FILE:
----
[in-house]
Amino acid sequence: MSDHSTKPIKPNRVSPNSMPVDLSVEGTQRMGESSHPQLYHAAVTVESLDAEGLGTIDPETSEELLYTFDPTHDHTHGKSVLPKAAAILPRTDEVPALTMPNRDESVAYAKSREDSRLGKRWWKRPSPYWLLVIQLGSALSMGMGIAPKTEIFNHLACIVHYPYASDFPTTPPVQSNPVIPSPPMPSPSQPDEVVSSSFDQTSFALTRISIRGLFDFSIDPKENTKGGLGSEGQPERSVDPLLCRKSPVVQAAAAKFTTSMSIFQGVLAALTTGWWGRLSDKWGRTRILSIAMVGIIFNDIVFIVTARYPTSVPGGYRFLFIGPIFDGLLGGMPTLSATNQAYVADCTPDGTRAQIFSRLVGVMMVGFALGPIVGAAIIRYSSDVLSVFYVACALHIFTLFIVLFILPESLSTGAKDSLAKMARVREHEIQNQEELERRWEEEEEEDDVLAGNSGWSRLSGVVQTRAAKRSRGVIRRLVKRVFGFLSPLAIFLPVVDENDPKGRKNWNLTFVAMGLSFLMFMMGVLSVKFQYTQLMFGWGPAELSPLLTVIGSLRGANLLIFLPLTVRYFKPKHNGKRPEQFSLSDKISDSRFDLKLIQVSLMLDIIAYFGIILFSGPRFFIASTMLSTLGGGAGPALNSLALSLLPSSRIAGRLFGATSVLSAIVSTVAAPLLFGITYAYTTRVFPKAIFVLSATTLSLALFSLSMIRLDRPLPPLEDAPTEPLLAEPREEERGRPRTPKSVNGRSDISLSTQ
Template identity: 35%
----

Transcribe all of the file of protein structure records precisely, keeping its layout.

[in-house]
Amino acid sequence: MSDHSTKPIKPNRVSPNSMPVDLSVEGTQRMGESSHPQLYHAAVTVESLDAEGLGTIDPETSEELLYTFDPTHDHTHGKSVLPKAAAILPRTDEVPALTMPNRDESVAYAKSREDSRLGKRWWKRPSPYWLLVIQLGSALSMGMGIAPKTEIFNHLACIVHYPYASDFPTTPPVQSNPVIPSPPMPSPSQPDEVVSSSFDQTSFALTRISIRGLFDFSIDPKENTKGGLGSEGQPERSVDPLLCRKSPVVQAAAAKFTTSMSIFQGVLAALTTGWWGRLSDKWGRTRILSIAMVGIIFNDIVFIVTARYPTSVPGGYRFLFIGPIFDGLLGGMPTLSATNQAYVADCTPDGTRAQIFSRLVGVMMVGFALGPIVGAAIIRYSSDVLSVFYVACALHIFTLFIVLFILPESLSTGAKDSLAKMARVREHEIQNQEELERRWEEEEEEDDVLAGNSGWSRLSGVVQTRAAKRSRGVIRRLVKRVFGFLSPLAIFLPVVDENDPKGRKNWNLTFVAMGLSFLMFMMGVLSVKFQYTQLMFGWGPAELSPLLTVIGSLRGANLLIFLPLTVRYFKPKHNGKRPEQFSLSDKISDSRFDLKLIQVSLMLDIIAYFGIILFSGPRFFIASTMLSTLGGGAGPALNSLALSLLPSSRIAGRLFGATSVLSAIVSTVAAPLLFGITYAYTTRVFPKAIFVLSATTLSLALFSLSMIRLDRPLPPLEDAPTEPLLAEPREEERGRPRTPKSVNGRSDISLSTQ
Template identity: 35%